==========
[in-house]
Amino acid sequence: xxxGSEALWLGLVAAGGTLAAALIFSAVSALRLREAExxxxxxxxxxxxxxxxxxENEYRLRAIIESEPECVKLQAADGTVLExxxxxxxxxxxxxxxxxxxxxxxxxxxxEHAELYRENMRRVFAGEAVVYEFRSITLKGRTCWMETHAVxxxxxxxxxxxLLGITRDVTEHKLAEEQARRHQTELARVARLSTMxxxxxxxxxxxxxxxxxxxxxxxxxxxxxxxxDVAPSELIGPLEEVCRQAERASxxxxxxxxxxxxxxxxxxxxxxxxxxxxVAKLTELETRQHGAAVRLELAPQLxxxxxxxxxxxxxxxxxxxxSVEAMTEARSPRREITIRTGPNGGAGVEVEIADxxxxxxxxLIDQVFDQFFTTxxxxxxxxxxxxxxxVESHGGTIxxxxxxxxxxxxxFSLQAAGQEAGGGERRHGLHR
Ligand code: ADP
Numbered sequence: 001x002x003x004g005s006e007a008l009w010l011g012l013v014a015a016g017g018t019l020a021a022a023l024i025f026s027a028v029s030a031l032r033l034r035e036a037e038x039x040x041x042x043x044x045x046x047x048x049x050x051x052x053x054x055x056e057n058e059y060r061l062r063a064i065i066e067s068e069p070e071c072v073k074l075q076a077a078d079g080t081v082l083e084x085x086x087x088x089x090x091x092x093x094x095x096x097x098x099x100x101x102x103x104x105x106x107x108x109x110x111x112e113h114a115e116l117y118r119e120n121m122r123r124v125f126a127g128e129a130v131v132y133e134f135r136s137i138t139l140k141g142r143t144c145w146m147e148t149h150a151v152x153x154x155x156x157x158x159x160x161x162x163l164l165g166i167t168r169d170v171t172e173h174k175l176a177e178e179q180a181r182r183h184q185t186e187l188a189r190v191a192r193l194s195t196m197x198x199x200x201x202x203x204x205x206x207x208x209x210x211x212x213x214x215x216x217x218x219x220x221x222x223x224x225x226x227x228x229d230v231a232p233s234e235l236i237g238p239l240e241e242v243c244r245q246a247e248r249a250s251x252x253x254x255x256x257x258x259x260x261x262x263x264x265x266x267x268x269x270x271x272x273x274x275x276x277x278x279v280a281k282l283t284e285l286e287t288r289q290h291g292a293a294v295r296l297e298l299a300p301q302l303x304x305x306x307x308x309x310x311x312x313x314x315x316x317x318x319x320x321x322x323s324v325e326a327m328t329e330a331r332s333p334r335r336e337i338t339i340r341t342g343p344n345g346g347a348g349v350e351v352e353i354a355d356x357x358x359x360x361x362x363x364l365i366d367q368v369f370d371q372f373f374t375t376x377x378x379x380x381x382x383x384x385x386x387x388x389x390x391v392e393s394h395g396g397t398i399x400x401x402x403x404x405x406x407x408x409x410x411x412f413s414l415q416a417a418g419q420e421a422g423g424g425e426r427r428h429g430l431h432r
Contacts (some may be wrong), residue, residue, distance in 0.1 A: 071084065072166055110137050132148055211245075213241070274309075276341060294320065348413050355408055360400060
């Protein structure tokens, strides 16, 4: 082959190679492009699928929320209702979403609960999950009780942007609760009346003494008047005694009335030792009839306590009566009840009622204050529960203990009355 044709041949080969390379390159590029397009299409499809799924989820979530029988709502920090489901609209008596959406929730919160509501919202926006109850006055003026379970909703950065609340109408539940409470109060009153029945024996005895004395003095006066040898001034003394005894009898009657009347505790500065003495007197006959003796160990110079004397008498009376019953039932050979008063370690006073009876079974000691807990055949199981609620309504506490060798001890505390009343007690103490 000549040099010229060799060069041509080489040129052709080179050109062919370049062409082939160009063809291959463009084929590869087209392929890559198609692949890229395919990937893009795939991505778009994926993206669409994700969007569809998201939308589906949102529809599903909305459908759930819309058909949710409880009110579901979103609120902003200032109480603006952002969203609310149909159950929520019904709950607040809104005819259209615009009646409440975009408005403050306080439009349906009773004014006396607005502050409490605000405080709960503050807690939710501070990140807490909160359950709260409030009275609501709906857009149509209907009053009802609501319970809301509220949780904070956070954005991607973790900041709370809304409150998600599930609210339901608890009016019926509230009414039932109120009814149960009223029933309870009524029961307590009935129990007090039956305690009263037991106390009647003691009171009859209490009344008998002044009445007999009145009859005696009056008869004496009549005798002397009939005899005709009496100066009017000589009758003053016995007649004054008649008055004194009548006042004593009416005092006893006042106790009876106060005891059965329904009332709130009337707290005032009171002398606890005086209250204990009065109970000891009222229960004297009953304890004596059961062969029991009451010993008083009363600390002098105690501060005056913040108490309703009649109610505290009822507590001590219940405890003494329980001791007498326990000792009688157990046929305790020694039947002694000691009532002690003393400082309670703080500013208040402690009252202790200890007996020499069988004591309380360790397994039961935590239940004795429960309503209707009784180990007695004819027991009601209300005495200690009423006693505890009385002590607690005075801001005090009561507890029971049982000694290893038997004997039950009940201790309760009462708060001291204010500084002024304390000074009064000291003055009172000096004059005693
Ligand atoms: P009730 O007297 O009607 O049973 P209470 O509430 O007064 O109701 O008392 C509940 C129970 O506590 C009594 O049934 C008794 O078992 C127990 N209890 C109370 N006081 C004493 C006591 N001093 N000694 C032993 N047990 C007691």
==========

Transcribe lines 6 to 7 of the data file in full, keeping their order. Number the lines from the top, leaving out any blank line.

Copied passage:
């Protein structure tokens, strides 16, 4: 082959190679492009699928929320209702979403609960999950009780942007609760009346003494008047005694009335030792009839306590009566009840009622204050529960203990009355 044709041949080969390379390159590029397009299409499809799924989820979530029988709502920090489901609209008596959406929730919160509501919202926006109850006055003026379970909703950065609340109408539940409470109060009153029945024996005895004395003095006066040898001034003394005894009898009657009347505790500065003495007197006959003796160990110079004397008498009376019953039932050979008063370690006073009876079974000691807990055949199981609620309504506490060798001890505390009343007690103490 000549040099010229060799060069041509080489040129052709080179050109062919370049062409082939160009063809291959463009084929590869087209392929890559198609692949890229395919990937893009795939991505778009994926993206669409994700969007569809998201939308589906949102529809599903909305459908759930819309058909949710409880009110579901979103609120902003200032109480603006952002969203609310149909159950929520019904709950607040809104005819259209615009009646409440975009408005403050306080439009349906009773004014006396607005502050409490605000405080709960503050807690939710501070990140807490909160359950709260409030009275609501709906857009149509209907009053009802609501319970809301509220949780904070956070954005991607973790900041709370809304409150998600599930609210339901608890009016019926509230009414039932109120009814149960009223029933309870009524029961307590009935129990007090039956305690009263037991106390009647003691009171009859209490009344008998002044009445007999009145009859005696009056008869004496009549005798002397009939005899005709009496100066009017000589009758003053016995007649004054008649008055004194009548006042004593009416005092006893006042106790009876106060005891059965329904009332709130009337707290005032009171002398606890005086209250204990009065109970000891009222229960004297009953304890004596059961062969029991009451010993008083009363600390002098105690501060005056913040108490309703009649109610505290009822507590001590219940405890003494329980001791007498326990000792009688157990046929305790020694039947002694000691009532002690003393400082309670703080500013208040402690009252202790200890007996020499069988004591309380360790397994039961935590239940004795429960309503209707009784180990007695004819027991009601209300005495200690009423006693505890009385002590607690005075801001005090009561507890029971049982000694290893038997004997039950009940201790309760009462708060001291204010500084002024304390000074009064000291003055009172000096004059005693
Ligand atoms: P009730 O007297 O009607 O049973 P209470 O509430 O007064 O109701 O008392 C509940 C129970 O506590 C009594 O049934 C008794 O078992 C127990 N209890 C109370 N006081 C004493 C006591 N001093 N000694 C032993 N047990 C007691």